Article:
Graeme Souness says Champions League victors Bayern Munich can rule European football - provided they maintain their appetite for glory.
The German giants claimed a fifth European Cup on Saturday night - and first since 2001 - when Arjen Robben's last-gasp strike edged them past Bundesliga comrades Borussia Dortmund at Wembley.
And Souness, who won the prestigious trophy with Liverpool in 1978, '81 and '84, reckons that with Munich welcoming ex-Barcelona chief Pep Guardiola to their dugout next term and the likelihood of some big-name summer arrivals at the Allianz Arena, the Bavarians can continue to thrive.
On Bayern, who were beaten on penalties by Chelsea in the 2012 Champions League final at their own ground, Souness said: "There's no doubting their quality but it remains to be seen whether they still have the hunger.
"This time last year they had one almighty punch on the nose which made them angry and propelled them through the season; they didn't just win games, they wiped the floor with teams, usually within the first 20 minutes.
"Now that they have won [the Champions League] some of the players might relax in their armchair - but they are going be stronger next year.
"They will have the motivation to prove it all to a new coach, and will have new players - Mario Gotze is coming in and Robert Lewandowski may join, too - so they will be the best team in Europe on paper."
Souness, who watched the Bayern-Dortmund showdown in the Sky Sports studio, loved the attacking intent that both German outfits displayed in London, but feels Jupp Heynckes' charges - who finished 25 points ahead of Borussia in this season's Bundesliga - deserved to prevail.
However, the Scot did have sympathy for Jurgen Klopp's side, who were denied the services of Bayern-bound playmaker Mario Gotze due to a hamstring injury and saw two Munich players, Franck Ribery and Dante, spared potential red cards.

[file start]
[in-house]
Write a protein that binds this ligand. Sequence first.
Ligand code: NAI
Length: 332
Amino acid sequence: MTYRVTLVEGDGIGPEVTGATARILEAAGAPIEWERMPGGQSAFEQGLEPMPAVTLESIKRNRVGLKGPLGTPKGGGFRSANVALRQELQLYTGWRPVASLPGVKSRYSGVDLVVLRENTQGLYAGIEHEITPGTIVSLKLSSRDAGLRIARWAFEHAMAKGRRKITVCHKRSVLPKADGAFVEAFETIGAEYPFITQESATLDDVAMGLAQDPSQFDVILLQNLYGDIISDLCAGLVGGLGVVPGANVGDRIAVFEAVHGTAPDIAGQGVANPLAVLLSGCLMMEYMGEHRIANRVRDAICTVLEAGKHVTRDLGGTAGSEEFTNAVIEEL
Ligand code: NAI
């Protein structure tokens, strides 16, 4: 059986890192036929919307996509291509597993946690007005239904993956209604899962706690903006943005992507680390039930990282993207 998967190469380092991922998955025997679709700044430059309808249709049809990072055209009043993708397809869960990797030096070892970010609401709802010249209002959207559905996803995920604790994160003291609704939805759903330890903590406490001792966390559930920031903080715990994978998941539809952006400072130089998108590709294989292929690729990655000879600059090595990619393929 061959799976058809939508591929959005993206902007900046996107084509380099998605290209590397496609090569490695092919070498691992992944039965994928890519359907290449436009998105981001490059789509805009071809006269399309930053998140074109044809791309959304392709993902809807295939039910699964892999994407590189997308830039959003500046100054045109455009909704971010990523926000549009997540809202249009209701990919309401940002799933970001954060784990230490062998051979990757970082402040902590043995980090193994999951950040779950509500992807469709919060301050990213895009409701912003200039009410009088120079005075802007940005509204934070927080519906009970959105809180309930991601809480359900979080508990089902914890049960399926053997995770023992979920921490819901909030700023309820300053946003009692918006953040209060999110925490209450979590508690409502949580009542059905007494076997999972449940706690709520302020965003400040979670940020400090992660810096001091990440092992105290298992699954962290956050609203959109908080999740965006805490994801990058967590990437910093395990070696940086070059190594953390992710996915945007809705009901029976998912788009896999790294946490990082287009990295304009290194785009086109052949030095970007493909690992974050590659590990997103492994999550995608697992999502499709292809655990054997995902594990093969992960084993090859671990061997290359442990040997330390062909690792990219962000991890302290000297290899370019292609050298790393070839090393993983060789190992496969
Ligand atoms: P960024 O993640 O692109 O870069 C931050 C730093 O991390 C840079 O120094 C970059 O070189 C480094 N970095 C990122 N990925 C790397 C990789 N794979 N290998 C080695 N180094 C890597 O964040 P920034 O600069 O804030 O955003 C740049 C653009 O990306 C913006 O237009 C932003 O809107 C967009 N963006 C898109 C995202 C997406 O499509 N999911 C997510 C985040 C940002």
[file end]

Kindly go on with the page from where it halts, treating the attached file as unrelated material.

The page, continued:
"Normally finals are boring affairs because teams are afraid to lose, but both Bayern and Dortmund went out to win which is a great advert for German football," said Souness.
"Dortmund were by far the best team in the first 30 minutes and in the second half blows were exchanged and it was case of 'we attack, you attack', but Bayern got a foothold, had the better chances and I think they just edged it, though they weren't at their best.
"Bayern had a mental mountain to overcome after losing finals to Chelsea and Inter Milan (in 2010) and they did overcome it, but things went against Dortmund with the injury to Gotze and the fact Dante and Ribery should have been sent off."
Jamie Redknapp, meanwhile, thinks outgoing Bayern boss Heynckes pulled off a tactical masterstroke by telling widemen Ribery and Roben to roam into more central areas in the second period.
And the ex-Liverpool and Tottenham midfielder says Guardiola, who guided Barcelona to Champions League titles in 2009 and 20011, could have a tough job succeeding the 68-year-old former Borussia Monchengladbach striker.
Redknapp, though, expects the Spaniard to relish his switch to the Bundesliga - but believes Dortmund's head honcho, Klopp, may look to exit Germany's top division if he has to keep selling his star players.
"You have to give Heynckes a lot of credit because for the first half Ribery and Robben stayed out wide," said Redknapp.
"But in the second they made runs from out to in, especially the twinkle-toed Robben, and you could see the panic it caused to Dortmund.
"I don't think Pep would have wanted Bayern to win; he would have wanted to go in there next year and help them overcome a mental block, but now they have won the Champions League, what can he do?
"It is still a great job for Guardiola, though and he could really take Bayern on over the next 10 years and they might ended up winning four, five or six Champions Leagues because they are ready to dominate."
On Dortmund, Redknapp added: "They have a great conveyor of belt of playing talent coming through, but Gotze is leaving and Lewandowski might go and they probably can't keep producing magic teams all the time.
"And if the best players keep going to Bayern Munich the gap is only going to grow in the Bundesliga, so Klopp might question his future now because he will be an attractive proposition for people.
"He is bright and speaks good English - and will know that managers who look like they are the next best thing have a couple of bad results and see their stock go down, so maybe he should strike now."